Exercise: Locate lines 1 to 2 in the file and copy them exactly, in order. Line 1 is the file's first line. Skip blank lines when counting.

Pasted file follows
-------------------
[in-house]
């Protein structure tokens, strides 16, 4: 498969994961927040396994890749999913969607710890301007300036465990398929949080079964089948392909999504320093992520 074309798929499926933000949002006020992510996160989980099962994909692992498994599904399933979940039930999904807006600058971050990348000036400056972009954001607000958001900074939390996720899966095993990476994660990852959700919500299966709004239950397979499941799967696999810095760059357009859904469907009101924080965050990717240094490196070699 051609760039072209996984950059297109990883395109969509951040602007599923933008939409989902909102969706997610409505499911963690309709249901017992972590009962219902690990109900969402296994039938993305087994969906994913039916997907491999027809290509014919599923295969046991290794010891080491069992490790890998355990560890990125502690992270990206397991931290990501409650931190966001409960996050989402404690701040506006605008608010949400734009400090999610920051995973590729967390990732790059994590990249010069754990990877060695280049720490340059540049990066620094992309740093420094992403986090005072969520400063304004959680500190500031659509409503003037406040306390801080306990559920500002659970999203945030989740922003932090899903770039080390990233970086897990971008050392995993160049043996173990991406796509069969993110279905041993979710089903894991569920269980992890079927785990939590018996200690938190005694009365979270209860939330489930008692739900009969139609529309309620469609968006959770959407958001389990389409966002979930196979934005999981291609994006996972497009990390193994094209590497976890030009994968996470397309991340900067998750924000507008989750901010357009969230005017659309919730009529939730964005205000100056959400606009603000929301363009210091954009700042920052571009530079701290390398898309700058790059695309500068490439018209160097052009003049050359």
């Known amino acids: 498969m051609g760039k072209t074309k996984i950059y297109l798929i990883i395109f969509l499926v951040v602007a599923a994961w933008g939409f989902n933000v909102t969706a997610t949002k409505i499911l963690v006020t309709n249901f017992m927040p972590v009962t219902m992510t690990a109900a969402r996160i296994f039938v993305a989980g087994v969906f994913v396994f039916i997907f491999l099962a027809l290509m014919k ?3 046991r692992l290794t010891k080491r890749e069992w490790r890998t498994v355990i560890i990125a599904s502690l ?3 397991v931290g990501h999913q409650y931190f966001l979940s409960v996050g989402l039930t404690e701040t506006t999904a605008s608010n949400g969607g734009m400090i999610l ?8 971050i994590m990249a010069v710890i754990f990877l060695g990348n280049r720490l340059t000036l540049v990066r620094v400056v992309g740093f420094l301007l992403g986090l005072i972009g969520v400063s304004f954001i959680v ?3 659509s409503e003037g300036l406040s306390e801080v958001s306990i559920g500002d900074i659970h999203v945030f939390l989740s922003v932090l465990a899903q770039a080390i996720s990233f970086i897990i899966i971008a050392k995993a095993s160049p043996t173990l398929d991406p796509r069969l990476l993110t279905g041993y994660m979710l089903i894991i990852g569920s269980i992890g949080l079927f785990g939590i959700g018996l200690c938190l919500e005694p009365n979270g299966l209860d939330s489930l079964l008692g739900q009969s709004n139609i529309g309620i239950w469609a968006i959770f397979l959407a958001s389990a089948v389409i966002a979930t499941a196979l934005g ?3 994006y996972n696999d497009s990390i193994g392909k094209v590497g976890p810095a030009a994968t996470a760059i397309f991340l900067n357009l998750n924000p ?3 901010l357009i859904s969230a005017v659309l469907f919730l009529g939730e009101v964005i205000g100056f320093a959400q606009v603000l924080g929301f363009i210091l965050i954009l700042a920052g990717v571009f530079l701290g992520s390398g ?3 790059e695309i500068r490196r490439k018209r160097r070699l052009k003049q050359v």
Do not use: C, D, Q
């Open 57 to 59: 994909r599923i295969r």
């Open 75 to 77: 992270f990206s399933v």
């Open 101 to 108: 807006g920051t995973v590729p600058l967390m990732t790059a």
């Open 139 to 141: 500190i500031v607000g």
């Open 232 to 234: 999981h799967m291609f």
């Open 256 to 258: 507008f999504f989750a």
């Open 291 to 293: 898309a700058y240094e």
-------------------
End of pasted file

[in-house]
């Protein structure tokens, strides 16, 4: 498969994961927040396994890749999913969607710890301007300036465990398929949080079964089948392909999504320093992520 074309798929499926933000949002006020992510996160989980099962994909692992498994599904399933979940039930999904807006600058971050990348000036400056972009954001607000958001900074939390996720899966095993990476994660990852959700919500299966709004239950397979499941799967696999810095760059357009859904469907009101924080965050990717240094490196070699 051609760039072209996984950059297109990883395109969509951040602007599923933008939409989902909102969706997610409505499911963690309709249901017992972590009962219902690990109900969402296994039938993305087994969906994913039916997907491999027809290509014919599923295969046991290794010891080491069992490790890998355990560890990125502690992270990206397991931290990501409650931190966001409960996050989402404690701040506006605008608010949400734009400090999610920051995973590729967390990732790059994590990249010069754990990877060695280049720490340059540049990066620094992309740093420094992403986090005072969520400063304004959680500190500031659509409503003037406040306390801080306990559920500002659970999203945030989740922003932090899903770039080390990233970086897990971008050392995993160049043996173990991406796509069969993110279905041993979710089903894991569920269980992890079927785990939590018996200690938190005694009365979270209860939330489930008692739900009969139609529309309620469609968006959770959407958001389990389409966002979930196979934005999981291609994006996972497009990390193994094209590497976890030009994968996470397309991340900067998750924000507008989750901010357009969230005017659309919730009529939730964005205000100056959400606009603000929301363009210091954009700042920052571009530079701290390398898309700058790059695309500068490439018209160097052009003049050359």